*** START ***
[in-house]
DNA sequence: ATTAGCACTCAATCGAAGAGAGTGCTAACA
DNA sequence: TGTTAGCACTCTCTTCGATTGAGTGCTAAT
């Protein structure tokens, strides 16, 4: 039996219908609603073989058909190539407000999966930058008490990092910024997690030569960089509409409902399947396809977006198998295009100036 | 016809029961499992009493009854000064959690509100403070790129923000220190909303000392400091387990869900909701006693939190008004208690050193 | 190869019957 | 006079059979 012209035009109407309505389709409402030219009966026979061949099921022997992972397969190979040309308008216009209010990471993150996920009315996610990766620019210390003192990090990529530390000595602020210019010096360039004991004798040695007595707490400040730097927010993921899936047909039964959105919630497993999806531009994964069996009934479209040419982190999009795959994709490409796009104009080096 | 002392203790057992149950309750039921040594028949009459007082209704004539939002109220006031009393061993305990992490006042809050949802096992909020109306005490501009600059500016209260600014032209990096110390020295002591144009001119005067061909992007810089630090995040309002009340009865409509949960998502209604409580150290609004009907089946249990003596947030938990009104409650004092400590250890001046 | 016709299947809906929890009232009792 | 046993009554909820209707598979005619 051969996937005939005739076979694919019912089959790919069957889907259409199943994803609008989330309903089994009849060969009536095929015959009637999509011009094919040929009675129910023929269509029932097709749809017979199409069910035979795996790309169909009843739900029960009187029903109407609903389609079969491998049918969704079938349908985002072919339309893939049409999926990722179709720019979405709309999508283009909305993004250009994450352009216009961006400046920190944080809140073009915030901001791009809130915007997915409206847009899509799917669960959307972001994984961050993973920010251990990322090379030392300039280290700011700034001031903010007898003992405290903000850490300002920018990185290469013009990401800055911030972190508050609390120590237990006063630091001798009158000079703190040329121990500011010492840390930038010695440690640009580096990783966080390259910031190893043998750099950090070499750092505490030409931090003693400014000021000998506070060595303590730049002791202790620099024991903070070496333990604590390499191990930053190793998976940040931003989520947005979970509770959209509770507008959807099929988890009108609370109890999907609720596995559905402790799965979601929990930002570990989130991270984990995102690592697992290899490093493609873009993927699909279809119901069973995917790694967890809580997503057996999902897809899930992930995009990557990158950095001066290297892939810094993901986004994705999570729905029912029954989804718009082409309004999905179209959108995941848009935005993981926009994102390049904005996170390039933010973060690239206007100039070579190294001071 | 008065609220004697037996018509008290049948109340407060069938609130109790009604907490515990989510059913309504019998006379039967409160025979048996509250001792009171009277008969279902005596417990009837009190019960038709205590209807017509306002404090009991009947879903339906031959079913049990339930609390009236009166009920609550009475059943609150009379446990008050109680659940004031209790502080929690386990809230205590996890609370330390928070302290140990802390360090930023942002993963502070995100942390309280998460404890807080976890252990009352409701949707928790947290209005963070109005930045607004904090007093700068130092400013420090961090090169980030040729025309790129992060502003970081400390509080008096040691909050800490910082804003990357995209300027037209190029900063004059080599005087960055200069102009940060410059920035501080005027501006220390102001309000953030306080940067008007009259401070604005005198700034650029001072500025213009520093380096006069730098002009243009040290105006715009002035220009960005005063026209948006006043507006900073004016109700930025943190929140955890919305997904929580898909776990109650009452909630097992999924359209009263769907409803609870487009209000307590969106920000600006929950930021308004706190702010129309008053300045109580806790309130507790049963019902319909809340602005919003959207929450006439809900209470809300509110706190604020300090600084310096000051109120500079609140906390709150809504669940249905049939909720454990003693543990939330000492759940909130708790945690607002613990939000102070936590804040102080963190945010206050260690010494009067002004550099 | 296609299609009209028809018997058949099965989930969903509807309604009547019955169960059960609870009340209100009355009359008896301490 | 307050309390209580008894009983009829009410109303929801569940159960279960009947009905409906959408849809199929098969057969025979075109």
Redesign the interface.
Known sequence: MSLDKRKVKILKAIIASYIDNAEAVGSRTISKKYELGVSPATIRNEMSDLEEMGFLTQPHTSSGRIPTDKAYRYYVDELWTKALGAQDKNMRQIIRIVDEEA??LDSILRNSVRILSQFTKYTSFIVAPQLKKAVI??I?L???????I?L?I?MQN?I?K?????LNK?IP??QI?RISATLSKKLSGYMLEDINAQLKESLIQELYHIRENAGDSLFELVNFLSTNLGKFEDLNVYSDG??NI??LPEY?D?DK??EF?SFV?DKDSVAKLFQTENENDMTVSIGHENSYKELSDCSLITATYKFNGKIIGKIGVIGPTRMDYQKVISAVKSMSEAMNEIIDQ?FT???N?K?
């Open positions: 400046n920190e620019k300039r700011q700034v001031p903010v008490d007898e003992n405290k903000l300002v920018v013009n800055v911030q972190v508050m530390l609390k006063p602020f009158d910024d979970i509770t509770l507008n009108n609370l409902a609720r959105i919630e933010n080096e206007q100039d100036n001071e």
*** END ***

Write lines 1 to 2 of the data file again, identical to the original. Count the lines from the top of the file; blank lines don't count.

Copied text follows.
[in-house]
DNA sequence: ATTAGCACTCAATCGAAGAGAGTGCTAACA